symbol rate?
• Each bit is represented by a pulse of duration
1µ second, hence the bit rate
Rb
1
1 10 6
1000000 bits/sec
100.
Example (Continue)
• Therefore, the symbol rate will be
Rs
Rb
N
1000000
4
250000 symbols/sec
101.
Chapter 6:
Modulation Techniques (Part II)
14th March 2014
Prof. Asodariya Bhavesh
SSASIT, Surat
103.
Bandpass Data Transmission
• In communication, we use modulation for several
reasons in particular:
– To transmit the message signal through the
communication channel efficiently.
– To transmit several signals at the same time over a
communication link through the process of
multiplexing or multiple access.
– To simplify the design of the electronic systems used
to transmit the message.
– by using modulation we can easily transmit data with
low loss
104.
Bandpass Digital Transmission
• Digital modulation is the process by which
digital symbols are transformed into wave-
forms that are compatible with the
characteristics of the channel.
• The following are the general steps used by
the modulator to transmit data
– 1. Accept incoming digital data
– 2. Group the data into symbols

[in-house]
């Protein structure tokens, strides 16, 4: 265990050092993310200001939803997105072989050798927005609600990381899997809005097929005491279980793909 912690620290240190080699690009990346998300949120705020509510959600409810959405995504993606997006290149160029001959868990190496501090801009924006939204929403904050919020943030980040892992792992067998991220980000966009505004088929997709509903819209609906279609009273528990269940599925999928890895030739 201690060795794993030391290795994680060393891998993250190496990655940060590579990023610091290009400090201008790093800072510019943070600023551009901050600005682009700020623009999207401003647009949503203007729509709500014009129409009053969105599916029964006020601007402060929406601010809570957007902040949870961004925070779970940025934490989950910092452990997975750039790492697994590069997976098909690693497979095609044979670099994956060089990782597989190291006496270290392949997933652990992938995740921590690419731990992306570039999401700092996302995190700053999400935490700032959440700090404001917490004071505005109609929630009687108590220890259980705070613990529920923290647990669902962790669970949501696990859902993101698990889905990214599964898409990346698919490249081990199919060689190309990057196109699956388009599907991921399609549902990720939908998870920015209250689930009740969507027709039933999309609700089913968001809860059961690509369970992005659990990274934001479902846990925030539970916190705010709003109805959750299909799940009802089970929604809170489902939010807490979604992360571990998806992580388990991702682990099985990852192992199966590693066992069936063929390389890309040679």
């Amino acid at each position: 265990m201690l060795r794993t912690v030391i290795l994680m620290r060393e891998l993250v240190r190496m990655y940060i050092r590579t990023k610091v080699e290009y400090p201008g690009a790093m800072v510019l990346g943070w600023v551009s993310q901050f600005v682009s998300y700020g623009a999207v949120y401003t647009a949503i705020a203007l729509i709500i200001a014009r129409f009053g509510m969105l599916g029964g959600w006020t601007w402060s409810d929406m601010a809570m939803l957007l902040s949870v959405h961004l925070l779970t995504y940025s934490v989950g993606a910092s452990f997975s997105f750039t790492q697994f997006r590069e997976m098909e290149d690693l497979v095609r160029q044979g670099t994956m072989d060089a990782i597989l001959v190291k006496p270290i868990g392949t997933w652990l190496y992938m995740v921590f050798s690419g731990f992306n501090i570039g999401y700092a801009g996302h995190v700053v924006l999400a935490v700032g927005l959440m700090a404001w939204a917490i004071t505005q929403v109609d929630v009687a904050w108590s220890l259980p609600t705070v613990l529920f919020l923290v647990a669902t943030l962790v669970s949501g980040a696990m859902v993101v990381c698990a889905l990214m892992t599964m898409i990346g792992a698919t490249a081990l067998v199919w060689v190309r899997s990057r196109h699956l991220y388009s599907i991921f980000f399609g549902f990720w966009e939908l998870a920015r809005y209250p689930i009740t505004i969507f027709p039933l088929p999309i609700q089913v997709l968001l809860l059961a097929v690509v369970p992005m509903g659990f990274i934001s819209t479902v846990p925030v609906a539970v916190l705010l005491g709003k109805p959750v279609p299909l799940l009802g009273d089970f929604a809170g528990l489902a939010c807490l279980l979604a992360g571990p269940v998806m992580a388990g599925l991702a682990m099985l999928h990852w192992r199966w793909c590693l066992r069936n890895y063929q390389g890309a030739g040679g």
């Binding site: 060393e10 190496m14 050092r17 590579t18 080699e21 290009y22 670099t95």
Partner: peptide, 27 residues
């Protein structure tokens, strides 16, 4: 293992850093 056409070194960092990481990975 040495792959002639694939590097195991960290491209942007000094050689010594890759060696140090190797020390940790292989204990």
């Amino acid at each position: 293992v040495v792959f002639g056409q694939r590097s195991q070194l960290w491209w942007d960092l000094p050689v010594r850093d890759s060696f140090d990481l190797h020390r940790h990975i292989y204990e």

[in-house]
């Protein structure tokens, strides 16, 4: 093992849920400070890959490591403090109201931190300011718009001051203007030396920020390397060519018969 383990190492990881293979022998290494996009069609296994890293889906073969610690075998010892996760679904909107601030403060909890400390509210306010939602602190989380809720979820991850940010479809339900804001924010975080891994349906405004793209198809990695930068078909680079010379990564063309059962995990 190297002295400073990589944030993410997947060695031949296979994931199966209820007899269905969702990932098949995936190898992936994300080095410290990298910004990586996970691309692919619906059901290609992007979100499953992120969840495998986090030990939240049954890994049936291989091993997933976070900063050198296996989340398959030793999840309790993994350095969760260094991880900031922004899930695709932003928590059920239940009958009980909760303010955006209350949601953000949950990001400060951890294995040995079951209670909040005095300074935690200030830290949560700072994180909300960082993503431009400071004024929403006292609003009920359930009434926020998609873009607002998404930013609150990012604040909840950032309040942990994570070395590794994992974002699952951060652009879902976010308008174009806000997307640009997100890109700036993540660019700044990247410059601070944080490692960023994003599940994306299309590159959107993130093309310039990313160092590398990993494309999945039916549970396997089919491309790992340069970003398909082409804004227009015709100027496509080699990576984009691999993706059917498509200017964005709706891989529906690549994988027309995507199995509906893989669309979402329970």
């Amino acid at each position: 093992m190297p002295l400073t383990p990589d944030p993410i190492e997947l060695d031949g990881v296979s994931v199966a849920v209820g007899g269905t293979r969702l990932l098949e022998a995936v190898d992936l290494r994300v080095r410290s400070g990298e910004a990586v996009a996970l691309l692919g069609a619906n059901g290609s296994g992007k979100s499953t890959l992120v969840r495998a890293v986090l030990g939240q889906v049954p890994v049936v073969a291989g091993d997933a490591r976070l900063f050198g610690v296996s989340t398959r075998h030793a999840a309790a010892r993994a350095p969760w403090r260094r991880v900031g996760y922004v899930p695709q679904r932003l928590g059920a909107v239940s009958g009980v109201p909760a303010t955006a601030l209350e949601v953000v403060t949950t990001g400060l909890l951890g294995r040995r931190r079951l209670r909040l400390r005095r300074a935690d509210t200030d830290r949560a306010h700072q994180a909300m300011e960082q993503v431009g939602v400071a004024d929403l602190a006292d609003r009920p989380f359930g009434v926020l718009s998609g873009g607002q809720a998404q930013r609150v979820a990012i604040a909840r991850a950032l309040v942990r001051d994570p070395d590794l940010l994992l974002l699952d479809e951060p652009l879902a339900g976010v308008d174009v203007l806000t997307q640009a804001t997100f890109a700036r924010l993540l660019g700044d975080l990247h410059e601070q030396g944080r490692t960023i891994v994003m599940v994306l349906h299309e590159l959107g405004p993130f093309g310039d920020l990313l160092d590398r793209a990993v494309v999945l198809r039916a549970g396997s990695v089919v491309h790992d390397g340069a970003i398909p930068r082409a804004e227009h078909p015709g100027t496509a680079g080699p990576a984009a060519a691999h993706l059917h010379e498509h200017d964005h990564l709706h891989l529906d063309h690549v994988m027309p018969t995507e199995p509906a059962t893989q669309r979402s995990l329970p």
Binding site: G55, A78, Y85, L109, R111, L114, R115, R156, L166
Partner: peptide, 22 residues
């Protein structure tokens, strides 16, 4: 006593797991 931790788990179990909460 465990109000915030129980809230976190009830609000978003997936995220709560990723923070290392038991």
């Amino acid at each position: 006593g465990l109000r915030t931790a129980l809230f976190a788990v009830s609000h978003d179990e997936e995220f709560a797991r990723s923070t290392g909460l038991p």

– 3. Use these symbols to set or change the phase, frequency or
amplitude of the reference carrier signal appropriately.
105.
Bandpass Modulation Techniques
• Amplitude Shift Keying (ASK)
• Phase Shift Keying (PSK)
• Frequency Shift Keying (FSK)
• Multilevel Signaling (Mary Modulation)
• Mary Amplitude Modulation
• Mary Phase Shift Keying (Mary PSK)
• Mary Frequency Shift Keying (Mary FSK)
• Quadrature Amplitude Modulation (QAM)
106.
Amplitude Shift Keying (ASK)
• In ASK the binary data modulates the
amplitude of the carrier signal
107.
Phase Shift Keying (PSK)
• In PSK the binary data modulates the phase of
the carrier signal
108.
Frequency Shift Keying (FSK)
• In FSK the binary data modulates the
frequency of the carrier signal